The United States released its second Open Government National Action Plan on December 5, announcing 23 new initiatives to further transparency and encourage a more efficient and effective government. One initiative, Modernizing the Freedom of Information Act (FOIA), lists five specific commitments the government plans to undertake over the next two years.
The National Action Plan is part of the United States’ participation with the Open Government Partnership (OGP) announced in July 2011 by the U.S. and Brazil. The OGP is a global initiative that supports efforts to promote more transparent, effective and accountable institutions. In September 2011, the U.S. released its first Open Government National Action Plan, setting forth 26 goals to create a more open government.
In two years, the OGP has grown from 8 member-nations to more than 60. In that time, the U.S. has continued to implement and improve upon the open government commitments set forth in the first Plan, including consulting with external stakeholders for feedback, and to solicit suggestions for new commitments for the second Plan.
The second Plan’s commitments include new initiatives as well as expanded efforts that build from the first Plan. The commitments surrounding FOIA modernization intend to improve the FOIA process for both agencies and requesters—the same goal OGIS strives to achieve through its work.
The FOIA commitments are:
- Improve the Customer Experience through a Consolidated Online FOIA Service. More than 100 Federal agencies are subject to FOIA. For the average requester, this can mean significant time and energy spent searching for the right agency and navigating the unique process for submitting a request to that agency. The Administration will launch a consolidated request portal that allows the public to submit a request to any Federal agency from a single website and includes additional tools to improve the customer experience. The U.S. Government will establish a FOIA task force that will review current practices, seek public input, and determine the best way to implement this consolidated FOIA service.
- Develop Common FOIA Regulations and Practices for Federal Agencies. Certain steps in the FOIA process are generally shared across Federal agencies. Standardizing these common aspects through a core FOIA regulation and common set of practices would make it easier for requesters to understand and navigate the FOIA process and easier for the Government to keep regulations up to date. The Administration will initiate an interagency process to determine the feasibility and the potential content of a core FOIA regulation that is both applicable to all agencies and retains flexibility for agency-specific requirements.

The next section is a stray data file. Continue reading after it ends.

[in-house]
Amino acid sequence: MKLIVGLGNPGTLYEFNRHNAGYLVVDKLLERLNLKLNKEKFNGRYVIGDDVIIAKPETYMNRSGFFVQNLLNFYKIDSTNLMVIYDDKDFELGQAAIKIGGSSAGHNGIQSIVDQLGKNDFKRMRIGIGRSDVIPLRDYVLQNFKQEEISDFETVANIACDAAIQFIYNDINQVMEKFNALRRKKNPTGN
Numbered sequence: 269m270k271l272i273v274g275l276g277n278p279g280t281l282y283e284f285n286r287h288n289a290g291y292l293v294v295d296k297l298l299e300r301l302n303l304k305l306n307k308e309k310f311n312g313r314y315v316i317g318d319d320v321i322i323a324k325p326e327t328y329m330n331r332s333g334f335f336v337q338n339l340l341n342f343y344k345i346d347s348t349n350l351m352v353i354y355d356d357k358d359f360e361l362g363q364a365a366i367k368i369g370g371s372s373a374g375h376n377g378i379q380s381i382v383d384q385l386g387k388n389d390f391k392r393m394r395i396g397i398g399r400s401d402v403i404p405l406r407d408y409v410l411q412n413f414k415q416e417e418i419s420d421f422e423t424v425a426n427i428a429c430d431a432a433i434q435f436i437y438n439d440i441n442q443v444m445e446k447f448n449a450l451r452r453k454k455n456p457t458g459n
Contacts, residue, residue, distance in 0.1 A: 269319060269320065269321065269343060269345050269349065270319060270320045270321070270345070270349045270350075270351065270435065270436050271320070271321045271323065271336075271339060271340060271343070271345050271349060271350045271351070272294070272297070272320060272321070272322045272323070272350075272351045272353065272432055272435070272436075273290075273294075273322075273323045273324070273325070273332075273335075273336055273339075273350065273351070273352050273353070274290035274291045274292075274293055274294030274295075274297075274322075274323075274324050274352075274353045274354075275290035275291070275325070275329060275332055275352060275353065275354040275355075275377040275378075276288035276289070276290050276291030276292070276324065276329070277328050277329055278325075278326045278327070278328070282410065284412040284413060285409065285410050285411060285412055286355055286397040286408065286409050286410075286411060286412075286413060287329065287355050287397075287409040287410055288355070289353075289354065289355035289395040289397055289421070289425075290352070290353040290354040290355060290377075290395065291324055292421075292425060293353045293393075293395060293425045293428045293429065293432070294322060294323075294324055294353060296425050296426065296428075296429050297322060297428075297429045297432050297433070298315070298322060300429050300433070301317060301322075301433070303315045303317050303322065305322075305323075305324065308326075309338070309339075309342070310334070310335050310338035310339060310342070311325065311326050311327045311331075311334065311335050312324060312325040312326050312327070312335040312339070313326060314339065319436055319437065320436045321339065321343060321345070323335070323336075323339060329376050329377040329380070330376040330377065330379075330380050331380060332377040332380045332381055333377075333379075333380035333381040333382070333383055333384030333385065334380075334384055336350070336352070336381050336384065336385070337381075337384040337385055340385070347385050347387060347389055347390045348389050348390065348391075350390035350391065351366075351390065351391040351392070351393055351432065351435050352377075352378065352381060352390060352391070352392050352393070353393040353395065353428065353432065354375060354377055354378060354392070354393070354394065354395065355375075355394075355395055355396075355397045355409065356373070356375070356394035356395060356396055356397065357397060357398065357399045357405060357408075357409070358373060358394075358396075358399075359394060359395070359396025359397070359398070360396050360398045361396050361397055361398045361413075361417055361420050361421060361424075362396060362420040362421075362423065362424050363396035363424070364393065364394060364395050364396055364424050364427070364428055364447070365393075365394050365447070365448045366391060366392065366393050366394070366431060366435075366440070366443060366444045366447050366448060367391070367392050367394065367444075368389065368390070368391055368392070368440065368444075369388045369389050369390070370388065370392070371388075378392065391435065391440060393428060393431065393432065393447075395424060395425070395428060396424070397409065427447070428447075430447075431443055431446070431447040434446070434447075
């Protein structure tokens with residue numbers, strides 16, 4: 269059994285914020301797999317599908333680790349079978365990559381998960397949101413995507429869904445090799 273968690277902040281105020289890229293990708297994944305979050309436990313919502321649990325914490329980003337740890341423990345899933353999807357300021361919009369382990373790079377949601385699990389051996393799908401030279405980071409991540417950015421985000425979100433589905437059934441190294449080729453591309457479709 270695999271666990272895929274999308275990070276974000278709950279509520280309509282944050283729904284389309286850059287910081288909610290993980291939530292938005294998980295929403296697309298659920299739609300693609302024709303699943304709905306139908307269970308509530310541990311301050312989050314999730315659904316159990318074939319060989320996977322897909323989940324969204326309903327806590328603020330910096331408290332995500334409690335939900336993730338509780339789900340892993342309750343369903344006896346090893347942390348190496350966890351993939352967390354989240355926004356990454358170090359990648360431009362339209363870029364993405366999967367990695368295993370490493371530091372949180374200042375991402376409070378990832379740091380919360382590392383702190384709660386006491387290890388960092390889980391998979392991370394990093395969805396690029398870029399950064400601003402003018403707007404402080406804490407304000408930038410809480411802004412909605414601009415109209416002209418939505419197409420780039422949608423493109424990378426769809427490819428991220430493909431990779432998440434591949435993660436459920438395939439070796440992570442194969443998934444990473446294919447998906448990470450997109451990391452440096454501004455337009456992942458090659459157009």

- Improve Internal Agency FOIA Processes. Over the past few years, several agencies have analyzed existing FOIA practices and used this information to make dramatic improvements in their backlogs and processing times, as well as to increase the proactive release of information in the public interest. The U.S. Government will scale these targeted efforts to improve the efficiency of agencies with the biggest backlogs, and to share lessons learned to further improve internal agency FOIA processes.
- Establish a FOIA Modernization Advisory Committee. Improvements to FOIA administration must take into account the views and interests of both requesters and the Government. The United States will establish a formal FOIA Advisory Committee, comprised of government and non-governmental members of the FOIA community, to foster dialogue between the Administration and the requester community, solicit public comments, and develop consensus recommendations for improving FOIA administration and proactive disclosures.
- Improve FOIA Training Across Government to Increase Efficiency. In order to efficiently and effectively respond to FOIA requests, every Federal employee — not just those in an agency’s FOIA office — should fully understand the FOIA process. The Administration will make standard e-learning training resources available for FOIA professionals and other Federal employees and encourage their use.
Efforts are already underway to begin achieving these FOIA goals. The National Archives and Records Administration, OGIS’s parent agency, will house the FOIA advisory committee and has begun taking steps to establish that committee. The Department of Justice, which heads up governmentwide FOIA training, has already begun developing its new online FOIA training curriculum. Additionally, the Administration is working to set up interagency groups to look at the best options for a single online FOIA service and the feasibility of establishing a common FOIA regulation.
All of these initiatives will require a lot of effort from our FOIA colleagues in government and we look forward to working with them and alongside the requester community as we implement these important—and necessary—updates to the FOIA process.